These caramelized strawberries with ricotta were everything I had hoped they would be, and then some. Given that I was using supermarket strawberries, I can only imagine how incredible this would be during local strawberry season. It’s quick and delicious.

I used a cast-iron skillet on the stovetop. I served this in individual portions, instead of a “communal” dish.

The roasted strawberries were excellent atop panko-crusted, fried slices of goat cheese on a salad. I think any leftover sauce would make a terrific vinaigrette. I made a second batch, and served them over ice cream and as part of a caprese salad. I love options!!!

With strawberry season upon us, this recipe for caramelized strawberries with ricotta felt like the perfect delicious dessert for any spring occasion. And it turned out to be so quick and simple, too!

I ended up making this on the stovetop for a family brunch, and we ate it alongside mimosas and buttermilk pancakes. What a perfect combo!

The strawberries softened up so nicely, and I’d be happy to swim in the fruity sauce for the rest of my life! It was just the right level of sweetness, with the ricotta adding a mellow, creamy richness and the mint keeping everything fresh and bright. As wonderful as this version is, this recipe seems like it could also serve as an excellent starting point for a zillion different variations – a mascarpone whipped cream or yogurt instead of the ricotta, other fruits in addition to the strawberries, putting everything on top of a sponge cake or butter cake, etc. This 15-minute elegant dessert (or brunch dish in our house!) is a keeper!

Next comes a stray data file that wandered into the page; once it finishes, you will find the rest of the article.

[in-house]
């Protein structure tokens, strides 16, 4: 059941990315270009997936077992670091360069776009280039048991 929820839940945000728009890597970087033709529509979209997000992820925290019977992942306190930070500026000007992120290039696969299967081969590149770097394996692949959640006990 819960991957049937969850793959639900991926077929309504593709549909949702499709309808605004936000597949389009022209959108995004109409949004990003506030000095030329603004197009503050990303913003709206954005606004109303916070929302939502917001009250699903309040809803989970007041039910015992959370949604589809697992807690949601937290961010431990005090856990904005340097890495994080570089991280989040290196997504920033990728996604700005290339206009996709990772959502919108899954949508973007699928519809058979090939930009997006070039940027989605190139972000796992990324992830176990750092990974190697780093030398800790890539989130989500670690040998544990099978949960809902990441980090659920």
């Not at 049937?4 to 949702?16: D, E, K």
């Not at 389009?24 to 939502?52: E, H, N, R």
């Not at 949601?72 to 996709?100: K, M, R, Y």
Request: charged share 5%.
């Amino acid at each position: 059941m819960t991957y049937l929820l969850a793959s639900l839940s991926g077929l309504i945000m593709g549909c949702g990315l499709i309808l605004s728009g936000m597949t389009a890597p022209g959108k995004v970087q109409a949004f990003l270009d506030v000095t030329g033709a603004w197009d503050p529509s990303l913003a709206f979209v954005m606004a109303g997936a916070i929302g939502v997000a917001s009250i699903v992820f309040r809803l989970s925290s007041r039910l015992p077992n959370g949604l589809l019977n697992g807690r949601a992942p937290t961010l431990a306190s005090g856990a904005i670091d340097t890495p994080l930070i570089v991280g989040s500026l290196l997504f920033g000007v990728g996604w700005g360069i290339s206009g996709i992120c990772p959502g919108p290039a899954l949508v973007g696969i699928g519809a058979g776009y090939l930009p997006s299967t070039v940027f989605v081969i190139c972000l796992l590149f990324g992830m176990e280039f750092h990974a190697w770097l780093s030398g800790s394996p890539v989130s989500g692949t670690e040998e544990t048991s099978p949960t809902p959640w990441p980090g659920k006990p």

It is almost spring here in the Midwest, and almost strawberry season, but, not quite yet.  So this was tempting, as a prelude to spring.  And it was a tasty little mid-afternoon morsel of a snack, which we served alongside our favorite beverage, hot tea, and a serious black tea, plain, no sweetener, and no more dairy!

No one would have been unhappy nibbling on the caramelized strawberries prior to the mix with the ricotta and mint, though it would hardly have been a dish at that point. 

Absolutely as described, this dessert indeed is ‘sumptuous.’

Once you’ve hulled the strawberries, the dish comes together in minutes, the timing is described precisely.

The only tricky part for us was the direction to drain the caramel — we used a very heavy pan, and holding the hot pan with one hand while trying to pour the liquid off the strawberries was daunting. Instead, we just pushed the caramel as best we could to the edges of the pan and gave the strawberries another two minutes on the middle part of the pan.

This is a very pretty dish and should be served immediately. The flavors are divine, very rich, so we served small portions of the ricotta (Bellwether Farms — fabulous) with lots of the strawberries and a drizzle of the caramel. The next morning the strawberries had faded, but we heated up what was left and served on yogurt. Pretty great way to start a day.

The idea of this recipe was a bit of a stretch for my family even to consider — cooking fresh, top-quality strawberries is, frankly, a ‘clutch-my-pearls scandalous notion’ to us. Our grandmother only served the very best fresh strawberries, lightly macerated in powdered sugar, over whipped cream and biscuits, or piled high in the finest lard crust you ever could imagine.

Why would anyone ‘roast’ a strawberry? Well. We were un-informed. This recipe is why.

The strawberries are cooked just long enough to begin to be jam-y, but not too long to lose their bright flavor, and with the simple buttery caramel, altogether it’s a revelation. The syrup is even more divine on day two. We will make again, certainly, and next time we’ll serve over ice cream.

About David Leite

I count myself lucky to have received three James Beard Awards for my writing as well as for Leite’s Culinaria. My work has also appeared in The New York Times, Martha Stewart Living, Saveur, Bon Appétit, Gourmet, Food & Wine, Yankee, Los Angeles Times, Chicago Tribune, The Washington Post, and more.